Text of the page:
While Hanson’s study found no statistically significant relationship between geographic location and food insecurity it did support “previous research done on the relationship between food insecurity and geographic location,” namely, “patterns of coping with food insecurity show that urban food insecure families are more likely to rely heavily [on] food assistance programs, finding that they are perpetually suffering from food insecurity.  Rural food insecure families, however, are more likely to participate in reciprocal economies, and have more access to fresh fruits and vegetables from local gardens.”

David Rubin ’13, SIS

Changes in the Chinese psyche

“Given data analysis, a shift in values from a culturally collectivist identity to a culturally individualist identity is expected as income levels have risen and the Western undertones and values present in capitalism have proliferated into China.”

An SIS conference prize-winning paper

Rubin will travel to China next year to study abroad.

Adrienne Elkin ’12, SIS

Human trafficking as national security threat

“‘Human trafficking’ amongst U.S. citizens is perceived as a ‘feminist’ undertaking and an issue that affects only underdeveloped states, excluding the U.S. This mentality is what ultimately leads to lack of concern on the part of our government and policymakers.”

An SIS conference prize-winning paper

Amanda Merkae ’11, SPA

TV as sex educator

MTV reality shows like 16 and Pregnant are not a “silver bullet” for preventing teen pregnancy. But they can “start the conversation. The National Campaign to Prevent Teen and Unplanned Pregnancy has isolated that parental involvement in teens’ lives, specifically constant dialogue between teens and parents, is the number one deterrent for risky sexual behavior. So if a program like 16 and Pregnant can start that dialogue, then it has done its job.”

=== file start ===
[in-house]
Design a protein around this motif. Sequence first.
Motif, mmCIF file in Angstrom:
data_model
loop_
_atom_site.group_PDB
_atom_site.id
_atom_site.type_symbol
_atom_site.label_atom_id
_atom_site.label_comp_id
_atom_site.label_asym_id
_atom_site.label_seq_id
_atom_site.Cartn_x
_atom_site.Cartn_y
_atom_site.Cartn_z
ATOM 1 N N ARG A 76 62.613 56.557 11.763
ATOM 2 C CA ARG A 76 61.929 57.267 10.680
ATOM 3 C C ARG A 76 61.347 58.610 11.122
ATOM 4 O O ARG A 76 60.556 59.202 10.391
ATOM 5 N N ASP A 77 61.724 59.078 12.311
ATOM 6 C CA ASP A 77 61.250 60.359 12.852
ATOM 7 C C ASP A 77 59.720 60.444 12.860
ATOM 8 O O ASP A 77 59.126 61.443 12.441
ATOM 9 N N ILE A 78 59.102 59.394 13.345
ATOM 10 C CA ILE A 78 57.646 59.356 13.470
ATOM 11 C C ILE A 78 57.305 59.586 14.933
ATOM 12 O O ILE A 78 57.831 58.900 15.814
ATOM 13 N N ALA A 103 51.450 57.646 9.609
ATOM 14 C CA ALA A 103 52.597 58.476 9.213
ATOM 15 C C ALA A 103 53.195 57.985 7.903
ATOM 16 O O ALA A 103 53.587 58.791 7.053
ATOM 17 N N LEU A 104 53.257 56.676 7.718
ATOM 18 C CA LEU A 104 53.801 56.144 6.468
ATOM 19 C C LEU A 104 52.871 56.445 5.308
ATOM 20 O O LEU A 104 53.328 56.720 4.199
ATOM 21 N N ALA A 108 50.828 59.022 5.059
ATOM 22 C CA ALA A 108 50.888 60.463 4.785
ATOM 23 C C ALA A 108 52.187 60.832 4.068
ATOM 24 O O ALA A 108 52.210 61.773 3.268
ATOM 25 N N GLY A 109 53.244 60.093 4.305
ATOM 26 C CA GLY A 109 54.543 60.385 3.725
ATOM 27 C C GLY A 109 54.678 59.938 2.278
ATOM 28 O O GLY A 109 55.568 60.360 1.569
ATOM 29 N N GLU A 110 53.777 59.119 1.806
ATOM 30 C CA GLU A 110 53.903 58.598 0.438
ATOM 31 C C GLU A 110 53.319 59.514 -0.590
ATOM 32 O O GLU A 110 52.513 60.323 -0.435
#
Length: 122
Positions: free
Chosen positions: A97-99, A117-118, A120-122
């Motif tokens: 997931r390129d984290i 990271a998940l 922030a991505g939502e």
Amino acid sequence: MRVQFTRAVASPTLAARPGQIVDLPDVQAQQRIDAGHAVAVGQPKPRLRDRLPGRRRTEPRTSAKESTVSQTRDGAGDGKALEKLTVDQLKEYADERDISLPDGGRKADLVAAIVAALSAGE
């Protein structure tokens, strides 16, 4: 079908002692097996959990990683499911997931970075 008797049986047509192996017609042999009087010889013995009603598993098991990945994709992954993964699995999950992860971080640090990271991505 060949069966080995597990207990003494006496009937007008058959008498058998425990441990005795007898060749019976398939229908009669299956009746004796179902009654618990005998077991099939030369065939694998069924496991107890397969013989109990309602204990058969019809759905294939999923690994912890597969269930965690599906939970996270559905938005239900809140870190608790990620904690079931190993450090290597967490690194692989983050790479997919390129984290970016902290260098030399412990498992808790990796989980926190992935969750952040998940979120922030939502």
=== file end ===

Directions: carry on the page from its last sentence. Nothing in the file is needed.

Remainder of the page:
Mary Jane Egan ’11, SPA

Views on abortion rights among military personnel

“Military women on deployment are often at high risk for unplanned pregnancy, yet also rarely able to avail themselves of the care needed to ensure unit cohesion and military readiness . . . While abortion is technically legal, current Defense Department policy prohibits female service members from obtaining an abortion at any military facility in the world except in cases of rape, incest, or life endangerment.”

Egan will attend the Officer Candidates School in Quantico, Virginia, to earn a commission in the U.S. Marine Corps.

Kelsey Stefanik-Sidener ’11, SPA

Media coverage of diabetes

“A content analysis of 239 articles published in The New York Times between 2000 and 2010 revealed that nearly one-third of articles failed to differentiate between type 1, type 2, and gestational diabetes, which may cause confusion among media consumers given that the types of diabetes vary substantially in root cause and treatment.”

An Honors Capstone conference honorable mention.

University Library Prizes
2011 University Library Prizes for Outstanding Undergraduate and College Writing Research Papers and Projects

A $1,000 prize was awarded to:

Lorraine Holmes ’14 for her paper “The United States Holocaust Memorial Museum”

Casey Petroff ’13 for her paper “The Ends and the Means: Energy Policy and the Collapse of the Soviet Union”